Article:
Choosing Perl/Python for my particular niche

Tassilo v. Parseval tassilo.parseval at rwth-aachen.de
Sat Mar 27 19:55:42 CET 2004


Also sprach Cameron Laird:

> I generally favor Python over Perl; in the absence of
> more details, I think there's mild evidence that those
> who don't specialize in programming are happier over the
> long term with the readability of the former.  They're
> very close, though.  The one most certain advantage 
> Python boasts is a dimension that I'd think important
> to you, although you haven't mentioned it:  Python's
> interfaces to C++ are MUCH easier to manage than Perl's.
> Perl6 will change this.  For now, though, it's FAR 
> easier to practice "dual-level programming" with Python
> and C++.  If you have a large existing library of C++
> work, I think that tips the balance toward Python.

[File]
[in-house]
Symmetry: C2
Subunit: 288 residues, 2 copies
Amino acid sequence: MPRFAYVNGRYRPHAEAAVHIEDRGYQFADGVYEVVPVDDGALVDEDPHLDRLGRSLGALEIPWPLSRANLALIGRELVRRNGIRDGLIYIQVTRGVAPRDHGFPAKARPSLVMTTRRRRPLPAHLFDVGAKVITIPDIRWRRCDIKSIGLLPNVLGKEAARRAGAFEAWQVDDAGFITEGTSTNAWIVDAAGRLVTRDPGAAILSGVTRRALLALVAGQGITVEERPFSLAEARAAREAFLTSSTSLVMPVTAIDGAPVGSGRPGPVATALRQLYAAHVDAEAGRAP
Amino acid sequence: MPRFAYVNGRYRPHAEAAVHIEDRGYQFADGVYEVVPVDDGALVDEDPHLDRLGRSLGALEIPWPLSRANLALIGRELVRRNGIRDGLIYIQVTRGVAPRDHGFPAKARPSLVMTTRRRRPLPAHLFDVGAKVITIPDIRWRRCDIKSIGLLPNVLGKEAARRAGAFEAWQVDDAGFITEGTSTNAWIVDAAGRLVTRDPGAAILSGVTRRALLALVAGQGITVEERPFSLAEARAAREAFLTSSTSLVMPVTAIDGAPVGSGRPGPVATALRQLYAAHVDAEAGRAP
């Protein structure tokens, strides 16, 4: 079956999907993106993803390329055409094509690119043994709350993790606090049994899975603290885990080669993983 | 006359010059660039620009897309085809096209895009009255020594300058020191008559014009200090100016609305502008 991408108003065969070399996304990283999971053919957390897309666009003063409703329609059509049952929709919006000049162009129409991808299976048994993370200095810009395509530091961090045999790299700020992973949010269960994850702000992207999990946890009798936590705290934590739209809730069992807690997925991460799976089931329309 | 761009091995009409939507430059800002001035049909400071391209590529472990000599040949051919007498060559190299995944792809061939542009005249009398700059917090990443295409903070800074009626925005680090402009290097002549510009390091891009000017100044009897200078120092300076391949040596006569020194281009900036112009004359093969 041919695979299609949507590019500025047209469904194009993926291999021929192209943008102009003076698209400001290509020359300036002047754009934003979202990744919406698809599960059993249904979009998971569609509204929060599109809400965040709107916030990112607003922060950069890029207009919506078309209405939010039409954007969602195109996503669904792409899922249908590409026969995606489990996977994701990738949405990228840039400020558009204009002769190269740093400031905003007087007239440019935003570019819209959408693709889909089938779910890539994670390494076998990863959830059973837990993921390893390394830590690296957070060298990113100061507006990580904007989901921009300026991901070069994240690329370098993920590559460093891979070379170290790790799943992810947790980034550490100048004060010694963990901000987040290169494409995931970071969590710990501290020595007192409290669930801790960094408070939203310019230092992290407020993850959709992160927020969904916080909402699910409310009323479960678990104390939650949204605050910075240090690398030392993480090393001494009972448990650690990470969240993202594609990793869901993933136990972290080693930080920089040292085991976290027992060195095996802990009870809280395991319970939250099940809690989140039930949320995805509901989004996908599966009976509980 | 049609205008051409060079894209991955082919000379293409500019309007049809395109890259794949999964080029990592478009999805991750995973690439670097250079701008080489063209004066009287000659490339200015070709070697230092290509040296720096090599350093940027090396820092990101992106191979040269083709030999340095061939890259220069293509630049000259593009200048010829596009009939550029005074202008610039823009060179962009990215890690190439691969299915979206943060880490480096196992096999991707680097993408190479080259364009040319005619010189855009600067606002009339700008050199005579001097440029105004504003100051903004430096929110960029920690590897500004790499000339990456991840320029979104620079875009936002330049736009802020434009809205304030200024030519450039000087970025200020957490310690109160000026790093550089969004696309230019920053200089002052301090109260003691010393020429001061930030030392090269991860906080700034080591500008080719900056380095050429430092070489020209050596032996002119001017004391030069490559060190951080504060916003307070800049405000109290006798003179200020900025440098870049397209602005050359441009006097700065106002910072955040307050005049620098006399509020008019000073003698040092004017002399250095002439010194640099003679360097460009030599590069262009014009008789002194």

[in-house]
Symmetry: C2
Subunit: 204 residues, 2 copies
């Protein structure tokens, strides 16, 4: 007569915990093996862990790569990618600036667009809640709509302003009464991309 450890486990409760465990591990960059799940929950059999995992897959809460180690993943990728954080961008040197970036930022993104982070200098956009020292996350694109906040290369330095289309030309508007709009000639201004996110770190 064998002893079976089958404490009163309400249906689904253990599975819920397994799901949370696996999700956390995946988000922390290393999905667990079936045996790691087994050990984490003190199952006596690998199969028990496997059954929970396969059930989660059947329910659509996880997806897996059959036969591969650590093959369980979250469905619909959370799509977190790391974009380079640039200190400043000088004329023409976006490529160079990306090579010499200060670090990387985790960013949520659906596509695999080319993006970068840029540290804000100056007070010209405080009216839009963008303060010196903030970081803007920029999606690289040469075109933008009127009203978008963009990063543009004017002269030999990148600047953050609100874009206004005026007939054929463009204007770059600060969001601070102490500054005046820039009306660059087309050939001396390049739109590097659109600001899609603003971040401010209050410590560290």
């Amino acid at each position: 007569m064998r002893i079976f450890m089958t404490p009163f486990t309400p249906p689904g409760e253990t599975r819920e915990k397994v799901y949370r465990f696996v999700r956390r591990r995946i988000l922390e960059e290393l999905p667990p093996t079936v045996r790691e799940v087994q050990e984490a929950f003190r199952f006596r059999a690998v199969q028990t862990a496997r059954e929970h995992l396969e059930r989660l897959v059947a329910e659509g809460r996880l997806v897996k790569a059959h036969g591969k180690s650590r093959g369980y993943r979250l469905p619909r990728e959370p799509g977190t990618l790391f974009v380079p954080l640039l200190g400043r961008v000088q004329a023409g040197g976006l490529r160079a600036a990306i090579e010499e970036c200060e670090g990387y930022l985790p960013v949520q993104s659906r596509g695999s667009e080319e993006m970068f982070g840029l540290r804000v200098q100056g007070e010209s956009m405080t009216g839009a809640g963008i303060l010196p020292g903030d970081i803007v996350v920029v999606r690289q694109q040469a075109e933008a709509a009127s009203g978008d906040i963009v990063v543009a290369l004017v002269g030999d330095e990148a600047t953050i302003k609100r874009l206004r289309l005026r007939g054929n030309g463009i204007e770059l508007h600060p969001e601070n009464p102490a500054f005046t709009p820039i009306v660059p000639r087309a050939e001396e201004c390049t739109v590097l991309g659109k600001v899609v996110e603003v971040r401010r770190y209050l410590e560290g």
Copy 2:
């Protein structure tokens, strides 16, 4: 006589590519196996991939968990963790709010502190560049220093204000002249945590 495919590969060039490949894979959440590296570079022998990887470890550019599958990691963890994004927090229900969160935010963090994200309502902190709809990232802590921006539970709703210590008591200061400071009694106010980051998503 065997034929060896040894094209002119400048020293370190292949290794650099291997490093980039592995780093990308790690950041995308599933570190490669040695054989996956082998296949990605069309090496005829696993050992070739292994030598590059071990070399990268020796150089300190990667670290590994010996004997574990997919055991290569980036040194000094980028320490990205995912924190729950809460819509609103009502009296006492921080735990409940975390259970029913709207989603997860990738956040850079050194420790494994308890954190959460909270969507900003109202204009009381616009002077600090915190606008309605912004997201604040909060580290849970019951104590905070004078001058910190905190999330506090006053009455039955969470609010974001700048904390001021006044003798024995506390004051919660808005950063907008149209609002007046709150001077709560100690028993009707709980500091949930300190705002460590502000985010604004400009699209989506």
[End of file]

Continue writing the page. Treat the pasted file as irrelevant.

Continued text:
> Understand, SWIG and other alternatives make Perl-to-C++
> links possible; with Python's facilities, though,
> including Pyrex, they're *fun*.

When it comes to embedding C/C++ into Perl, SWIG is the last thing that
I'd recommend. It may be capable of transforming such a library into a
Perl module on its own with no user intervention. However, C/C++ doesn't
map particularly well onto Perl from an interface point-of-view: A 1:1
translation of a C++ API doesn't look particularly good.

Those things should be done manually. How much work this is depends on
the library. Some only require a few lines of XS. XS' learning curve is
admittedly a bit steep. Not because it is difficult in itself but rather
because the documentation leaves a few things to be desired. There are
some actions on completing perlxstut.pod on its way right now, though.

There is also Inline::CPP, although I don't think it is as mature as
Inline::C. And since you have mentioned Tcl, even that can be inlined
with the help of Inline::Tcl.

Tassilo
-- 
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